Earlier this year, and throughout his campaign, the Trump Administration promised wealthy Americans that they would introduce US estate tax cuts on inherited assets. This idea came to be as a way to help the Republicans’ tax-cut plan be more feasible, but now the Democrats are pushing back.
Democrats have been against repealing the hefty estate tax for a while now. They explain that it would hurt small business owners and farms while adding to the national debt.
As it works right now, if someone has assets in the six figures or higher, they should invest in a trust in addition to a will as a way to minimize estate taxes and avoid probate. A probate is extremely beneficial in that currently, anyone with assets of $5.49 million, or $10.98 million for a married couple, is taxed extremely high. According to Reuters, the estate tax rate currently stands at 39.6% and affects 0.2% of estates or 5460 properties.
Originally, Trump was focusing on just these extremely wealthy property owners, but now he is shifting his focus to middle-income Americans. The repeal would only have changed the tax rate from 39.6% to 35%, but all this extra money would be gobbled up by the federal debt. And considering that estimates from the Congressional Budget Office say the current tax rate will raise between $25 billion and $34 billion annually, Democrats believe there is no reason to make the change because it affects only 5000 people.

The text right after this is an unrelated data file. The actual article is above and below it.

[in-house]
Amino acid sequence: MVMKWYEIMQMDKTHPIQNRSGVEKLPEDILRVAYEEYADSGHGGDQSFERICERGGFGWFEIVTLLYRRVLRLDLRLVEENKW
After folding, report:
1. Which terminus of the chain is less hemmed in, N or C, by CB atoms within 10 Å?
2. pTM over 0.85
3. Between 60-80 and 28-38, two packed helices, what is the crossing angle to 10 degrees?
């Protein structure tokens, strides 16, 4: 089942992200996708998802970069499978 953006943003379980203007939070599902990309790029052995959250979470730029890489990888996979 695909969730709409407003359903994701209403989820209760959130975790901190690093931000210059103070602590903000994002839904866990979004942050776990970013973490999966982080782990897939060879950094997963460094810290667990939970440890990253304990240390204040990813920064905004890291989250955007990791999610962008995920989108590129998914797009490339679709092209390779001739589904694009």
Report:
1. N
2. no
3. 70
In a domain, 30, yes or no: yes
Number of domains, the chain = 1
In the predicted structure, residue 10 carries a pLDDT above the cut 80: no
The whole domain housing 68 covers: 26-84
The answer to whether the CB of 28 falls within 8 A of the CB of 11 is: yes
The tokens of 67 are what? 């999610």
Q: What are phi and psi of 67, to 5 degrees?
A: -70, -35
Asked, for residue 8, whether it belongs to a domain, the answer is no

When purchasing a home, home buyers tend to have three goals: to find a home that is private, caters to their family needs, and adds to their asset accumulation. But, considering the high taxes. it is this asset accumulation that can hurt them in the end. And while Trump has promised in his campaign to lower taxes for all Americans, the extremely wealthy have been forgotten. Republicans are in favor of the deal because they say it will stimulate the economy and spur economic growth.
As of right now, nothing is set in stone. These reports come from sources who have to stay anonymous due to legalities, but they reassure both publications they are currently working in-depth as either a member of Congress or the Senate. The White House has yet to confirm or deny anything, calling these reports “internal deliberations.”
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